5. Both the Courts below accepted the defence plea. The case was considered with reference to Sections 69 and 70, Contract Act, and on general grounds of equity, but neither under the statute nor on principle was the plaintiff held entitled to succeed.
6. In support of their decision, the Courts below relied on the case in Manindra Chandra Nandi v. Jawahir Kumari ('05) 32 Cal. 643, which in effect approved two earlier decisions of this Court in Maharani Dasya v. Harendra Lal Roy ('96) 1 C.W.N. 458 and Peary Mohan Mukhopadhya v. Sreeram Chandra ('02) 6 C.W.N. 794. In Manindra Chandra Nandi v. Jawahir Kumari ('05) 32 Cal. 643 it was held that by virtue of Section 65, Bengal Tenancy Act, which declares rent to be the first charge upon the tenure, the purchaser of a patni at a mortgage execution sale took it subject to the liability of discharging the rent that was then due upon the property. He was accordingly the person who was 'bound by law to pay' the rent within Section 69, Contract Act. Accordingly, if he paid any money to save the tenure from sale in execution of a rent decree, he could not be said to have paid it merely as a person 'interested in making the payment.' Section 69, Contract Act, would not apply in favour of such a purchaser making a payment in such circumstances.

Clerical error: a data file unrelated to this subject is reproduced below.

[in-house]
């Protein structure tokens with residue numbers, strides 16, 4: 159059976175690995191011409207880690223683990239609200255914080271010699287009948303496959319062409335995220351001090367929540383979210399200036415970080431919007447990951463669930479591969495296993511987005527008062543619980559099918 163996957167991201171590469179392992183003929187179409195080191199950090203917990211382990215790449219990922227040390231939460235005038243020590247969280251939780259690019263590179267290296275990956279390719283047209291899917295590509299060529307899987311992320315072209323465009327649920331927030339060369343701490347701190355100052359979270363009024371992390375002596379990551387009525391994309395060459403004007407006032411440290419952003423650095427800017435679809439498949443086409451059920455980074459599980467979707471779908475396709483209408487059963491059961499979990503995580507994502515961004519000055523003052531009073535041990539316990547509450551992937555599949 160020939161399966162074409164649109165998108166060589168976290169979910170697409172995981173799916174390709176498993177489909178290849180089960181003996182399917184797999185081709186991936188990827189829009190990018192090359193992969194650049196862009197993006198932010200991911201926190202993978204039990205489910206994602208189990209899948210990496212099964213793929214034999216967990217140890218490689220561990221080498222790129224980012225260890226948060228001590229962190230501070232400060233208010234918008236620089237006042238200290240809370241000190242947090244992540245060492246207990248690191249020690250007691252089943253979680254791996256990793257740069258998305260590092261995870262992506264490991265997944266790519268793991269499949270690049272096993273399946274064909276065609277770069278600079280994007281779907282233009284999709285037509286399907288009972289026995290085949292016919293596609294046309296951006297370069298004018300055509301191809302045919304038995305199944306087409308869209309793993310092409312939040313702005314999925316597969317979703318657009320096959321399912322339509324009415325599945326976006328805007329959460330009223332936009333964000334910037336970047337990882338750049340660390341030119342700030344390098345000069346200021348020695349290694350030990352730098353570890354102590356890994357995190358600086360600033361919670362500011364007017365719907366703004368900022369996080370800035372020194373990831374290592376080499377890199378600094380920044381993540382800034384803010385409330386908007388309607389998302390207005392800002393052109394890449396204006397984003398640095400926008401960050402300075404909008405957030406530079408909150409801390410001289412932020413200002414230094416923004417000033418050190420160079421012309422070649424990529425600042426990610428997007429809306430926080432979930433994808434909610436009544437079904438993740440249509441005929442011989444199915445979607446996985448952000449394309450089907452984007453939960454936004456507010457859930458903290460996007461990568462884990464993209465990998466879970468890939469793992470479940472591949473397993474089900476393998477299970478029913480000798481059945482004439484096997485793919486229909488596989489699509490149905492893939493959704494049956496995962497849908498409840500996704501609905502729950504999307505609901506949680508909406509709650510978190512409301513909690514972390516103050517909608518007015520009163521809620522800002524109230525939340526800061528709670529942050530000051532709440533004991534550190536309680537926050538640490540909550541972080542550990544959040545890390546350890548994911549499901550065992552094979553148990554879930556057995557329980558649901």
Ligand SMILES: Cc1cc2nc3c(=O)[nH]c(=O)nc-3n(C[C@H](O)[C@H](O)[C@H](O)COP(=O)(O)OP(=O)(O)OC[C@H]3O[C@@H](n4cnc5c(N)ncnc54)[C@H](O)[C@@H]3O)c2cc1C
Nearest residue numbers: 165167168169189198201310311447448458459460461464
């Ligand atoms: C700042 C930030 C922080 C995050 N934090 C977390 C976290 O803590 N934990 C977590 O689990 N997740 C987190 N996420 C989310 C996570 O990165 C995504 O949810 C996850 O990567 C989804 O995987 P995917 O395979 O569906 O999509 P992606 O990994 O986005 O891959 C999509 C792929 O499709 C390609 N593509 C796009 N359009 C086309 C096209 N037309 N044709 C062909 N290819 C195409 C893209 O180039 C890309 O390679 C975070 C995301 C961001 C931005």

7. The correctness of this decision was strenuously challenged before us by Mr. Panchanan Ghose on behalf of the appellant. Apart from the fact that the decision has been followed in subsequent cases, we are not, however, prepared to hold that it offends in any way either against the provisions of the statute, or against any principles of common justice. Mr. Ghose argued that the interpretation, which the learned Judges who decided Manindra Chandra Nandi v. Jawahir Kumari ('05) 32 Cal. 643 put upon Section 69, Contract Act, was manifestly contrary to or inconsistent with the wording of the section itself. The contention in that case on behalf of the plaintiff appellant was that inasmuch as the defendant, the mortgagor, was in possession of the patni during the period in respect of which the rents in arrear had accrued, he was bound in law to pay the rents due, and that the plaintiff, being interested in the payment of that money, was entitled under Section 69 to call upon the defendant, the mortgagor, to make good the amount which he had to pay. Their Lordships pointed out that at first sight the contention would appear to find support in Section 69, but 'looking into the matter more closely' they went on to add:
It would seem that the section contemplates a case where the person, who makes the payment, is under no legal liability to make it, and he pays the money for another person, who is bound in law to pay. In that case, the former is entitled to call upon the latter to make good the amount that he has paid.